Saturday, February 8, 2014


Who in their right mind would put up with pee, poop, and vomit in the backseat of their new car? Who would stay up all night worrying and tending a sick foster kitten or dog? Who would lose sleep while the new foster dog howls all night long in his crate? Who can handle the heartache of losing a tiny kitten who never really had a chance at life due to the horrific hoarding situation they came from? And hair, hair, hair, no matter what color you wear, there is always a contrasting color of hair on your outfit. And, believe it or not, this is just the tip of the rescue iceberg. Today we will take a peek into the selfless life of one of my favorite, amazing Planned Pethood fosters, Nancy Fisher.

Nancy has fostered cats and kittens for a good decade or more and she branches out to include dogs now and then too. She unexpectedly ended up with two foster dogs at the same time through an accident of fate and they detested one another. She had committed to a hyperactive juvenile black lab named Gunner when a young cattle dog appeared on her porch one evening. Yep, Roo chose his own foster home. Nancy and her husband distributed flyers, contacted shelters, and did the whole nine yards to find his home with no luck. Both dogs were young males who had been newly neutered and they hated one another with a passion. Any meeting outside of the crate and it was on. Unfortunately for Nancy, it takes 4 to 6 weeks for that boy-dog fighting testosterone to dissipate and calm the savage beast. She was hilarious describing the tiff. Roo could not stand the “Richard Simmons” energy possessed by Gunner. He would flit around the place with his excitable energy and Roo, believing he was the cop on the beat, assumed his official duty of putting an end to that kind of nonsense. So Nancy was in the unenviable position of having to play musical crates, when one was in, the other could be out. Nancy has a large pack of her own dogs and they take turns hiking the long walk to collect the mail. On one memorable occasion, she believed Roo was confined when Gunner was invited on the walk. She described it as if she was participating in a Clint Eastwood movie, as a figure emerged from the mist at the top of the horizon. You guessed it, Roo’s figure became distinguishable from the fog and the boys were at it once again.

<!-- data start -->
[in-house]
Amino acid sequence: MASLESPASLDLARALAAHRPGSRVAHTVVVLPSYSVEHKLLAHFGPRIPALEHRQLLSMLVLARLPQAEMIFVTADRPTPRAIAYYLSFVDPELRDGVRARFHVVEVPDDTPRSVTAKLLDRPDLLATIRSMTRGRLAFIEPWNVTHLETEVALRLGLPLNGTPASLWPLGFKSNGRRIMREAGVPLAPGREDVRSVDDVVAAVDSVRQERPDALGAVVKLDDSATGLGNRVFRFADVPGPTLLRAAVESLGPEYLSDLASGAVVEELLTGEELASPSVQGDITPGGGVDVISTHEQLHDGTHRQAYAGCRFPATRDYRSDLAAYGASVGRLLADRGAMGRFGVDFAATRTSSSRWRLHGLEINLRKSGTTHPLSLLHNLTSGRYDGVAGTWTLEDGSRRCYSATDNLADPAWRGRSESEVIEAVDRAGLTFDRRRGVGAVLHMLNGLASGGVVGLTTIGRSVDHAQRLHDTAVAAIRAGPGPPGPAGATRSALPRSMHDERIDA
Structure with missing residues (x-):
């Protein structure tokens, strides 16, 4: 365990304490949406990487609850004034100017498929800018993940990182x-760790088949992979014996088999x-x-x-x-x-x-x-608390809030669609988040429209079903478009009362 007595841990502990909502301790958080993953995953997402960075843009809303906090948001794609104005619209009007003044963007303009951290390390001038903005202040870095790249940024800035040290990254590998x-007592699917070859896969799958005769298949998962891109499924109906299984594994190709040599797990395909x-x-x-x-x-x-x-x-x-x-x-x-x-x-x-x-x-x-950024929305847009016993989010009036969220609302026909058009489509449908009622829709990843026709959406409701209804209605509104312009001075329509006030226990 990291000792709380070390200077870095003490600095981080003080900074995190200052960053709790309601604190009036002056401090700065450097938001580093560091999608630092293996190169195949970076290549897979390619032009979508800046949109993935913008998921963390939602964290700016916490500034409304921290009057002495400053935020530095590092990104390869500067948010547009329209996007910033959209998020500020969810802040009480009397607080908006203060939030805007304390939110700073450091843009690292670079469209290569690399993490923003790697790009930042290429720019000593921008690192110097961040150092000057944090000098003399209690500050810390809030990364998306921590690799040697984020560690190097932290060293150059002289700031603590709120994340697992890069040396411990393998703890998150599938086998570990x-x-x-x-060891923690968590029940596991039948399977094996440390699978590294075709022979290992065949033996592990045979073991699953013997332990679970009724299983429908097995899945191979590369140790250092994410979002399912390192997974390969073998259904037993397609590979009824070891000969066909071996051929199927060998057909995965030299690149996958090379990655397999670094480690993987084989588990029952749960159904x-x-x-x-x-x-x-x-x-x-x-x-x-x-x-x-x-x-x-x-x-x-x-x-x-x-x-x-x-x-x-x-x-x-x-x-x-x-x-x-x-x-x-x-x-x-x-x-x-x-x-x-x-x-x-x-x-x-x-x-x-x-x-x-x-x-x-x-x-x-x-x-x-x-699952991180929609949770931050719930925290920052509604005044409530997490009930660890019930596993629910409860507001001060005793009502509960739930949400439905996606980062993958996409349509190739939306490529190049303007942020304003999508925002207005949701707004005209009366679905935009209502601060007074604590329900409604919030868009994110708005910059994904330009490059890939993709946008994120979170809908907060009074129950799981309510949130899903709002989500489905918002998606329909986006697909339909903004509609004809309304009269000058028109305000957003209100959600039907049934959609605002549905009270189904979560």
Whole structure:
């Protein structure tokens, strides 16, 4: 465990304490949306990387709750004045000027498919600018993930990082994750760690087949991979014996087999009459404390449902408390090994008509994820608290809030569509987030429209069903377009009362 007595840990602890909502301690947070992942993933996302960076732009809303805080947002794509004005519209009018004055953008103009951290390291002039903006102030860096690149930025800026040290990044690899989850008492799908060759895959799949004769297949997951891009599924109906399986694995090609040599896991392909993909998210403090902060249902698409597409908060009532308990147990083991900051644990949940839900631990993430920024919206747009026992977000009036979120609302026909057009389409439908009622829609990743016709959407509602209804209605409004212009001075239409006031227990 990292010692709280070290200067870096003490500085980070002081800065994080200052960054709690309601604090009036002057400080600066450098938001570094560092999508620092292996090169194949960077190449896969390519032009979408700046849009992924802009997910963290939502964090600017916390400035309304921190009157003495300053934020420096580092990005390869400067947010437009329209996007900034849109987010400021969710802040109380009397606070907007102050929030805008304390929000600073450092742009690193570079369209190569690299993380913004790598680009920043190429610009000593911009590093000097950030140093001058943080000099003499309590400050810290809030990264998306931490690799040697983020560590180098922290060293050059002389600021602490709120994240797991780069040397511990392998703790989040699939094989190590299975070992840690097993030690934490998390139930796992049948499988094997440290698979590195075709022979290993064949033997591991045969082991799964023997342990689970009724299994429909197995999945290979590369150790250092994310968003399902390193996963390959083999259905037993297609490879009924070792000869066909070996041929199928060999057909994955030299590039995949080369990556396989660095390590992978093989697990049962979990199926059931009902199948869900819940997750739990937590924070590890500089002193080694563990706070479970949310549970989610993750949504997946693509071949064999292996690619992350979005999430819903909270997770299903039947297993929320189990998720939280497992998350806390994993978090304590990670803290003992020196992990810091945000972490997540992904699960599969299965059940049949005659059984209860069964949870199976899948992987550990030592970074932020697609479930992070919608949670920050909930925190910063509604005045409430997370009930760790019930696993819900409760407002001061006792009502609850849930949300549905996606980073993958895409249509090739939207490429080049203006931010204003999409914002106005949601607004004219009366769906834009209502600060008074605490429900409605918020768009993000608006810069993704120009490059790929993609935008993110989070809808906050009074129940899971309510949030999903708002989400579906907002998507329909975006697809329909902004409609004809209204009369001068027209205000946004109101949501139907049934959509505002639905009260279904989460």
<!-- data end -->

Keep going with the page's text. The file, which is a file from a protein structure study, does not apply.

Things began to sort themselves out when Gunner was adopted to a wonderful family and Roo’s family finally saw one of the flyers posted and contacted Planned Pethood. Come to find out, coincidentally this was the same family who lost a steer that Nancy was involved in rescuing, yeah that’s right, a steer! This 1000 lb. beast had busted through his enclosure and went on a stroll. He was near the e-way and there was fear things would end badly. So, get this, Nancy got a skinny little LEASH from her car and tried to lead this equivalent of a truck to safety. It did not work so well to say the least. After several failed attempts, the group ultimately called a neighbor who showed up with his lasso and gear to finally corral the big dude. Long story short, Roo’s peeps paid his adoption fee to Planned Pethood and took him home…temporarily.  But within days, guess who was back on Nancy’s porch? Roo obviously enjoyed her company. But back he went again to (hopefully) live happily ever after. 

Nancy has one of the kindest hearts I have ever seen in this business and that is saying a lot. We all participated in a mega adoption event with many rescue agencies including a couple of kill shelters. The next thing you know Nancy is crossing the lot leading an elderly and really chubby pit bull named Raina.  She had just adopted her because she knew no one else would. She had been seized from a working girl with an arrest record as long as your arm. I am happy to say that Raina is now fit, healthy, and happy with Nancy and her pack.

But Nancy is no traditional rescuer, no way. She acquired a flock of alpacas who were ditched by their owner. Yes, you read that correctly, guard alpacas no less who warn them when someone is approaching the house. She has many hens and feral, unadoptable barn cats who no one else wanted.  

Many of Planned Pethood fosters are nurses and teachers. I think they bring their compassion from their day jobs. Nancy has helped me so many times with her knowledge and experience. You may remember the story of Elphaba who freaked me out when she appeared to turn feral. I was afraid her little head was going to spin all the way around. No, Nancy explained, she had been traumatized by her trip to the vet. Then she explained the swaddling technique which saved the day. Thanks for that and all that you do that seems to go unappreciated! The list could literally fill a book. You make the world in general and our community in particular a much more civilized, kinder place. Nice work, sister!

by Judy S